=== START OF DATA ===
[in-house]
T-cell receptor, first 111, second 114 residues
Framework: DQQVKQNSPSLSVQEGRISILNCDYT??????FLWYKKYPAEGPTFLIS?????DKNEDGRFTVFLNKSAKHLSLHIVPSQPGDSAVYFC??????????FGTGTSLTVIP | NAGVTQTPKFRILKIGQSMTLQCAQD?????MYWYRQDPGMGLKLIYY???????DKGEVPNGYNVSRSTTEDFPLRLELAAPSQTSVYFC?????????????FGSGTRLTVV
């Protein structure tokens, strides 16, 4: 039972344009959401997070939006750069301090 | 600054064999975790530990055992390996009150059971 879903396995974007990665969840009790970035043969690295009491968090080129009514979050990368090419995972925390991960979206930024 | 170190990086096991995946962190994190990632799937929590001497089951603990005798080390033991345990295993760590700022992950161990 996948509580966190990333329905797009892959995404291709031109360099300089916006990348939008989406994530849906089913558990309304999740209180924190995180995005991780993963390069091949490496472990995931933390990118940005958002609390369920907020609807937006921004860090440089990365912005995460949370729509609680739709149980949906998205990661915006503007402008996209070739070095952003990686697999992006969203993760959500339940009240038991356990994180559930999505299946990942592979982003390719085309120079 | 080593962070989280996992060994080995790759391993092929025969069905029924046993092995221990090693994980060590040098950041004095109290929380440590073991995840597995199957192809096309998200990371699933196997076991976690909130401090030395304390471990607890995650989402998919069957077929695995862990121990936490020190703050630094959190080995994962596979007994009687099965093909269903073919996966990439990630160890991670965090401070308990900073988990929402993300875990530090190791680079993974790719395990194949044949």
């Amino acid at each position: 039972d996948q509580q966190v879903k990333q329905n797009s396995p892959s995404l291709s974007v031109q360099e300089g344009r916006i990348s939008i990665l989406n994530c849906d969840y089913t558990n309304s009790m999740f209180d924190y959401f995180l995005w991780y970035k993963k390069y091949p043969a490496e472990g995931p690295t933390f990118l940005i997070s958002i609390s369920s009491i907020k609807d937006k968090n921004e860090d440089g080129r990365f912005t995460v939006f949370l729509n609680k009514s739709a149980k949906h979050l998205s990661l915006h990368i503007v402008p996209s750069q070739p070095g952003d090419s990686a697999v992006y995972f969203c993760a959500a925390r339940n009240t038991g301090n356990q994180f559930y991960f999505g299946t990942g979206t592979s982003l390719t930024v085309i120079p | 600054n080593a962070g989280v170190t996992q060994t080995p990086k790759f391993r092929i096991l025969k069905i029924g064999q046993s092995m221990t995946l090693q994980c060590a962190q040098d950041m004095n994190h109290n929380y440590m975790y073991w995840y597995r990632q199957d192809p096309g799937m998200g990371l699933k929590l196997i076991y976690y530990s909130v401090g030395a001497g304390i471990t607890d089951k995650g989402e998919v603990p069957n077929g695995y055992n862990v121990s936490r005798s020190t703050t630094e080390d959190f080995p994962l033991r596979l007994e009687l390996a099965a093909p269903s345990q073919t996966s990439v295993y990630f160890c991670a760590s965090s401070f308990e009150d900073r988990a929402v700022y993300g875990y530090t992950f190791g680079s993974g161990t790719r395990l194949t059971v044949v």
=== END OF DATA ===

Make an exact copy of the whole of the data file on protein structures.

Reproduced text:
[in-house]
T-cell receptor, first 111, second 114 residues
Framework: DQQVKQNSPSLSVQEGRISILNCDYT??????FLWYKKYPAEGPTFLIS?????DKNEDGRFTVFLNKSAKHLSLHIVPSQPGDSAVYFC??????????FGTGTSLTVIP | NAGVTQTPKFRILKIGQSMTLQCAQD?????MYWYRQDPGMGLKLIYY???????DKGEVPNGYNVSRSTTEDFPLRLELAAPSQTSVYFC?????????????FGSGTRLTVV
């Protein structure tokens, strides 16, 4: 039972344009959401997070939006750069301090 | 600054064999975790530990055992390996009150059971 879903396995974007990665969840009790970035043969690295009491968090080129009514979050990368090419995972925390991960979206930024 | 170190990086096991995946962190994190990632799937929590001497089951603990005798080390033991345990295993760590700022992950161990 996948509580966190990333329905797009892959995404291709031109360099300089916006990348939008989406994530849906089913558990309304999740209180924190995180995005991780993963390069091949490496472990995931933390990118940005958002609390369920907020609807937006921004860090440089990365912005995460949370729509609680739709149980949906998205990661915006503007402008996209070739070095952003990686697999992006969203993760959500339940009240038991356990994180559930999505299946990942592979982003390719085309120079 | 080593962070989280996992060994080995790759391993092929025969069905029924046993092995221990090693994980060590040098950041004095109290929380440590073991995840597995199957192809096309998200990371699933196997076991976690909130401090030395304390471990607890995650989402998919069957077929695995862990121990936490020190703050630094959190080995994962596979007994009687099965093909269903073919996966990439990630160890991670965090401070308990900073988990929402993300875990530090190791680079993974790719395990194949044949």
């Amino acid at each position: 039972d996948q509580q966190v879903k990333q329905n797009s396995p892959s995404l291709s974007v031109q360099e300089g344009r916006i990348s939008i990665l989406n994530c849906d969840y089913t558990n309304s009790m999740f209180d924190y959401f995180l995005w991780y970035k993963k390069y091949p043969a490496e472990g995931p690295t933390f990118l940005i997070s958002i609390s369920s009491i907020k609807d937006k968090n921004e860090d440089g080129r990365f912005t995460v939006f949370l729509n609680k009514s739709a149980k949906h979050l998205s990661l915006h990368i503007v402008p996209s750069q070739p070095g952003d090419s990686a697999v992006y995972f969203c993760a959500a925390r339940n009240t038991g301090n356990q994180f559930y991960f999505g299946t990942g979206t592979s982003l390719t930024v085309i120079p | 600054n080593a962070g989280v170190t996992q060994t080995p990086k790759f391993r092929i096991l025969k069905i029924g064999q046993s092995m221990t995946l090693q994980c060590a962190q040098d950041m004095n994190h109290n929380y440590m975790y073991w995840y597995r990632q199957d192809p096309g799937m998200g990371l699933k929590l196997i076991y976690y530990s909130v401090g030395a001497g304390i471990t607890d089951k995650g989402e998919v603990p069957n077929g695995y055992n862990v121990s936490r005798s020190t703050t630094e080390d959190f080995p994962l033991r596979l007994e009687l390996a099965a093909p269903s345990q073919t996966s990439v295993y990630f160890c991670a760590s965090s401070f308990e009150d900073r988990a929402v700022y993300g875990y530090t992950f190791g680079s993974g161990t790719r395990l194949t059971v044949v």